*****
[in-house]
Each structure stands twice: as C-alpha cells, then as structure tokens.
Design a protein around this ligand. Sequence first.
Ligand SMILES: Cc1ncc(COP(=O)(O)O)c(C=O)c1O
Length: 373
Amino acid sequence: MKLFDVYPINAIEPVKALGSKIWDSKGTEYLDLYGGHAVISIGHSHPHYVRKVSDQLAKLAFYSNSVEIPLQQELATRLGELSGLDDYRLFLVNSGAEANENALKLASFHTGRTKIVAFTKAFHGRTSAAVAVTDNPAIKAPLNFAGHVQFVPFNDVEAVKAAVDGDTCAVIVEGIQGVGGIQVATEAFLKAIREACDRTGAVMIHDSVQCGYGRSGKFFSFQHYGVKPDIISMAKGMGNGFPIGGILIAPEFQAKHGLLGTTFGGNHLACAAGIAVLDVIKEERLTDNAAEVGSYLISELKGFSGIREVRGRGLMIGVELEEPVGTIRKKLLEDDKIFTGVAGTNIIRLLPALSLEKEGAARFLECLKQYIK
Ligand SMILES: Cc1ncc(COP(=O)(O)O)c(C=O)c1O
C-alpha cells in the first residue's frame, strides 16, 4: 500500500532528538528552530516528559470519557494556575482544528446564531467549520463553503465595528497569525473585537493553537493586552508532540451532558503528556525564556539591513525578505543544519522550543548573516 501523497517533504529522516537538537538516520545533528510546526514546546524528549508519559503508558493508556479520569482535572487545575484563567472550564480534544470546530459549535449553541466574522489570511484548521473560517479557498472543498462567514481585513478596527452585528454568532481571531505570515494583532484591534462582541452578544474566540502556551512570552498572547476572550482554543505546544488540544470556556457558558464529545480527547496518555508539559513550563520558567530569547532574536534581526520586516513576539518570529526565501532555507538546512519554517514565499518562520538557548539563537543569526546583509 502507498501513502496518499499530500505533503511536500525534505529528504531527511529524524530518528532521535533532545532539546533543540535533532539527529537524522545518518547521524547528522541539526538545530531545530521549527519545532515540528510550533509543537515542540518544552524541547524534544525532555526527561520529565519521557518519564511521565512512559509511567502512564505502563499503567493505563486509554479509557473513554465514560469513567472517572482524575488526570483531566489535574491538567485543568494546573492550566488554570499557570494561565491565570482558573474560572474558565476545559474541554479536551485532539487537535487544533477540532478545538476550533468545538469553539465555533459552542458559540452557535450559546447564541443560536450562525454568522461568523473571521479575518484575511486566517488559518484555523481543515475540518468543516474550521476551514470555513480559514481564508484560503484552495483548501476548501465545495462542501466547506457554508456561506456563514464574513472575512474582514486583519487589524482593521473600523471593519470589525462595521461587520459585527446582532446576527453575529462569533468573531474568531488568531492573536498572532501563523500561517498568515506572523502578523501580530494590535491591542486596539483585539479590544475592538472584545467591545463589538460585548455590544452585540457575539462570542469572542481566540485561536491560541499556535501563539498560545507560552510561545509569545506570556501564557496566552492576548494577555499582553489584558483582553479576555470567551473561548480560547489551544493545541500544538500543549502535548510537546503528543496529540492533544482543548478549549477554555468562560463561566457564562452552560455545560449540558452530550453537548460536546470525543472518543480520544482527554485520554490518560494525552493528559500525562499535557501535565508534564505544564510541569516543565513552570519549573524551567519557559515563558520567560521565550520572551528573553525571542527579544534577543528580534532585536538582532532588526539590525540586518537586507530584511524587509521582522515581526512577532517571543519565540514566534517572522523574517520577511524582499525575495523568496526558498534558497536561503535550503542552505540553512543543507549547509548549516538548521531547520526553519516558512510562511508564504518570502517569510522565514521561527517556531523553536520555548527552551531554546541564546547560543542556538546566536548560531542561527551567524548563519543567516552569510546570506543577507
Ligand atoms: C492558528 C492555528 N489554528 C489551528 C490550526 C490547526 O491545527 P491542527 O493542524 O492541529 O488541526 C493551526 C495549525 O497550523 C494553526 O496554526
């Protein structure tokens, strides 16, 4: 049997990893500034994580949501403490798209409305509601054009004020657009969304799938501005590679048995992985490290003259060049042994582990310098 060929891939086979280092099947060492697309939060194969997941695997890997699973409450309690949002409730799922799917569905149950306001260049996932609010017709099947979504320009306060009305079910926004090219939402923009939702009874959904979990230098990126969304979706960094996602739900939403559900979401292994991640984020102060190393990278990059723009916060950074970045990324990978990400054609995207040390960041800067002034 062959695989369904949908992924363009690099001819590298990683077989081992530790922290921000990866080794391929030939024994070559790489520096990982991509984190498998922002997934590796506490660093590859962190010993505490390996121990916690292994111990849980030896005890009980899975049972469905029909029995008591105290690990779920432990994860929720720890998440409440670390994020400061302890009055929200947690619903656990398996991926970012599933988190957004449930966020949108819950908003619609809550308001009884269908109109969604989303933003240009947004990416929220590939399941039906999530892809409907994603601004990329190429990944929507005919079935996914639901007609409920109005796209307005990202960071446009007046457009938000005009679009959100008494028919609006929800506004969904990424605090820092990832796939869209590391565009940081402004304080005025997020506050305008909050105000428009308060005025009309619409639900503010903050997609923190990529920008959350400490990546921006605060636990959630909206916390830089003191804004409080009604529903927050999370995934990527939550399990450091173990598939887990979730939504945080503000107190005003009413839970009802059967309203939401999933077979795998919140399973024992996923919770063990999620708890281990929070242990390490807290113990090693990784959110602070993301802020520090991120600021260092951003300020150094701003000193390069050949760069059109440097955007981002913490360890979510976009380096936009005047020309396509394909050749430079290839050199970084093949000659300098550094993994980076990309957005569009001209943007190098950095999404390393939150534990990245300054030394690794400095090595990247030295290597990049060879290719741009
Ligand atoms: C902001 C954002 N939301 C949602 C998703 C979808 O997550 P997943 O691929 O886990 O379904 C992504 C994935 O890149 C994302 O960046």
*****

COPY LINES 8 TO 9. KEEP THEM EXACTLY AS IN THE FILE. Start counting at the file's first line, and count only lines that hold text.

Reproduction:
C-alpha cells in the first residue's frame, strides 16, 4: 500500500532528538528552530516528559470519557494556575482544528446564531467549520463553503465595528497569525473585537493553537493586552508532540451532558503528556525564556539591513525578505543544519522550543548573516 501523497517533504529522516537538537538516520545533528510546526514546546524528549508519559503508558493508556479520569482535572487545575484563567472550564480534544470546530459549535449553541466574522489570511484548521473560517479557498472543498462567514481585513478596527452585528454568532481571531505570515494583532484591534462582541452578544474566540502556551512570552498572547476572550482554543505546544488540544470556556457558558464529545480527547496518555508539559513550563520558567530569547532574536534581526520586516513576539518570529526565501532555507538546512519554517514565499518562520538557548539563537543569526546583509 502507498501513502496518499499530500505533503511536500525534505529528504531527511529524524530518528532521535533532545532539546533543540535533532539527529537524522545518518547521524547528522541539526538545530531545530521549527519545532515540528510550533509543537515542540518544552524541547524534544525532555526527561520529565519521557518519564511521565512512559509511567502512564505502563499503567493505563486509554479509557473513554465514560469513567472517572482524575488526570483531566489535574491538567485543568494546573492550566488554570499557570494561565491565570482558573474560572474558565476545559474541554479536551485532539487537535487544533477540532478545538476550533468545538469553539465555533459552542458559540452557535450559546447564541443560536450562525454568522461568523473571521479575518484575511486566517488559518484555523481543515475540518468543516474550521476551514470555513480559514481564508484560503484552495483548501476548501465545495462542501466547506457554508456561506456563514464574513472575512474582514486583519487589524482593521473600523471593519470589525462595521461587520459585527446582532446576527453575529462569533468573531474568531488568531492573536498572532501563523500561517498568515506572523502578523501580530494590535491591542486596539483585539479590544475592538472584545467591545463589538460585548455590544452585540457575539462570542469572542481566540485561536491560541499556535501563539498560545507560552510561545509569545506570556501564557496566552492576548494577555499582553489584558483582553479576555470567551473561548480560547489551544493545541500544538500543549502535548510537546503528543496529540492533544482543548478549549477554555468562560463561566457564562452552560455545560449540558452530550453537548460536546470525543472518543480520544482527554485520554490518560494525552493528559500525562499535557501535565508534564505544564510541569516543565513552570519549573524551567519557559515563558520567560521565550520572551528573553525571542527579544534577543528580534532585536538582532532588526539590525540586518537586507530584511524587509521582522515581526512577532517571543519565540514566534517572522523574517520577511524582499525575495523568496526558498534558497536561503535550503542552505540553512543543507549547509548549516538548521531547520526553519516558512510562511508564504518570502517569510522565514521561527517556531523553536520555548527552551531554546541564546547560543542556538546566536548560531542561527551567524548563519543567516552569510546570506543577507
Ligand atoms: C492558528 C492555528 N489554528 C489551528 C490550526 C490547526 O491545527 P491542527 O493542524 O492541529 O488541526 C493551526 C495549525 O497550523 C494553526 O496554526